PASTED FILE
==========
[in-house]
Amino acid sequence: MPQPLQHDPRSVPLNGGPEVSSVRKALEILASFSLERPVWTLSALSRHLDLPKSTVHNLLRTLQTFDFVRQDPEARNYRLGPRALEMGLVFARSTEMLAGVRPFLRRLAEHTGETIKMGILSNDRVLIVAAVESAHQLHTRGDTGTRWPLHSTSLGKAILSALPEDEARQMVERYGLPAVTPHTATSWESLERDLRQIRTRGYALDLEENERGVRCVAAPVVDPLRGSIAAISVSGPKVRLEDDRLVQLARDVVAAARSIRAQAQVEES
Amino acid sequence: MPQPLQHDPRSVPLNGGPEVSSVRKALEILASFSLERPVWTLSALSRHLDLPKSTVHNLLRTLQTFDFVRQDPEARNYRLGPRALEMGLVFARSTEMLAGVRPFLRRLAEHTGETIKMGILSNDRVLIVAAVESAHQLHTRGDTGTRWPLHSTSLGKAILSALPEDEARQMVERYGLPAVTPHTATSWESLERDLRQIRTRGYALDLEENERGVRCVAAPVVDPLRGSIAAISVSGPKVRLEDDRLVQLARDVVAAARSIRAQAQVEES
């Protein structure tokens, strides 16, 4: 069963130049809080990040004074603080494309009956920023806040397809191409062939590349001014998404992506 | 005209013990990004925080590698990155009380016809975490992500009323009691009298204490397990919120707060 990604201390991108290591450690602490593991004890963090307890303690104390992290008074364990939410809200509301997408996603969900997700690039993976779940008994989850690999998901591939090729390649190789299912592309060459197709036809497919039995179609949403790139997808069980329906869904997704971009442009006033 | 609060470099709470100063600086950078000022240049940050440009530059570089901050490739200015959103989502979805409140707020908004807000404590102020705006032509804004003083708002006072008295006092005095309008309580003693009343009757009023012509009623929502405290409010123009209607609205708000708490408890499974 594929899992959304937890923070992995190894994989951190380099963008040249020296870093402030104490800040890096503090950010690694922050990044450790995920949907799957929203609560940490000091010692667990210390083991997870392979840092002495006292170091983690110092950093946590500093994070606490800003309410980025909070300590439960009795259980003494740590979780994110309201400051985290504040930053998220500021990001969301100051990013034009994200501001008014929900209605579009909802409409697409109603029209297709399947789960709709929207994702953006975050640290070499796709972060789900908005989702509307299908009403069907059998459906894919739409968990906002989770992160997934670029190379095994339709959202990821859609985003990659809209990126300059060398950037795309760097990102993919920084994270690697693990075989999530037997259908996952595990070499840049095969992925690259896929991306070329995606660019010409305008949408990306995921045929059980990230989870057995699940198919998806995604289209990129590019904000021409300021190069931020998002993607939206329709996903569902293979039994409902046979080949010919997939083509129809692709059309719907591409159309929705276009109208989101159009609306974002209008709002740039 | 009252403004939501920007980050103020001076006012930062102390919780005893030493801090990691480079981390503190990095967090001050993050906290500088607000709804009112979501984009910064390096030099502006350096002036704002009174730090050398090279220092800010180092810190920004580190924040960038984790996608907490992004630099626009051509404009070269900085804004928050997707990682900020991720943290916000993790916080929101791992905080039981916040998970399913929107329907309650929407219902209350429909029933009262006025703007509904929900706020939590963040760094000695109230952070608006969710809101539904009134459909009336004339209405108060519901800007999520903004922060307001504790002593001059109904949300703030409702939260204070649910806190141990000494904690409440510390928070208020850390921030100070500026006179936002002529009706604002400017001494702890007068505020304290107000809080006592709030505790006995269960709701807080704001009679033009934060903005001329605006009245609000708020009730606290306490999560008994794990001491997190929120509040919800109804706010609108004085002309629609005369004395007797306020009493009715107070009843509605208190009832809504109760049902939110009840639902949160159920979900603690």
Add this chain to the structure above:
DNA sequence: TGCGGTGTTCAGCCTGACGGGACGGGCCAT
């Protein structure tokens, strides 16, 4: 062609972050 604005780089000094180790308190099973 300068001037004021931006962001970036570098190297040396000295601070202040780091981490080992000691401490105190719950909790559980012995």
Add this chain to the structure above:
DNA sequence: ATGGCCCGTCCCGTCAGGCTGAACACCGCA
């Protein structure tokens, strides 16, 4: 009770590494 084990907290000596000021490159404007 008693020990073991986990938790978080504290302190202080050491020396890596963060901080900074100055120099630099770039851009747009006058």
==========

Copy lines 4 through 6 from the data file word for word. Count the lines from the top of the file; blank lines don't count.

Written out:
């Protein structure tokens, strides 16, 4: 069963130049809080990040004074603080494309009956920023806040397809191409062939590349001014998404992506 | 005209013990990004925080590698990155009380016809975490992500009323009691009298204490397990919120707060 990604201390991108290591450690602490593991004890963090307890303690104390992290008074364990939410809200509301997408996603969900997700690039993976779940008994989850690999998901591939090729390649190789299912592309060459197709036809497919039995179609949403790139997808069980329906869904997704971009442009006033 | 609060470099709470100063600086950078000022240049940050440009530059570089901050490739200015959103989502979805409140707020908004807000404590102020705006032509804004003083708002006072008295006092005095309008309580003693009343009757009023012509009623929502405290409010123009209607609205708000708490408890499974 594929899992959304937890923070992995190894994989951190380099963008040249020296870093402030104490800040890096503090950010690694922050990044450790995920949907799957929203609560940490000091010692667990210390083991997870392979840092002495006292170091983690110092950093946590500093994070606490800003309410980025909070300590439960009795259980003494740590979780994110309201400051985290504040930053998220500021990001969301100051990013034009994200501001008014929900209605579009909802409409697409109603029209297709399947789960709709929207994702953006975050640290070499796709972060789900908005989702509307299908009403069907059998459906894919739409968990906002989770992160997934670029190379095994339709959202990821859609985003990659809209990126300059060398950037795309760097990102993919920084994270690697693990075989999530037997259908996952595990070499840049095969992925690259896929991306070329995606660019010409305008949408990306995921045929059980990230989870057995699940198919998806995604289209990129590019904000021409300021190069931020998002993607939206329709996903569902293979039994409902046979080949010919997939083509129809692709059309719907591409159309929705276009109208989101159009609306974002209008709002740039 | 009252403004939501920007980050103020001076006012930062102390919780005893030493801090990691480079981390503190990095967090001050993050906290500088607000709804009112979501984009910064390096030099502006350096002036704002009174730090050398090279220092800010180092810190920004580190924040960038984790996608907490992004630099626009051509404009070269900085804004928050997707990682900020991720943290916000993790916080929101791992905080039981916040998970399913929107329907309650929407219902209350429909029933009262006025703007509904929900706020939590963040760094000695109230952070608006969710809101539904009134459909009336004339209405108060519901800007999520903004922060307001504790002593001059109904949300703030409702939260204070649910806190141990000494904690409440510390928070208020850390921030100070500026006179936002002529009706604002400017001494702890007068505020304290107000809080006592709030505790006995269960709701807080704001009679033009934060903005001329605006009245609000708020009730606290306490999560008994794990001491997190929120509040919800109804706010609108004085002309629609005369004395007797306020009493009715107070009843509605208190009832809504109760049902939110009840639902949160159920979900603690």
Add this chain to the structure above:
DNA sequence: TGCGGTGTTCAGCCTGACGGGACGGGCCAT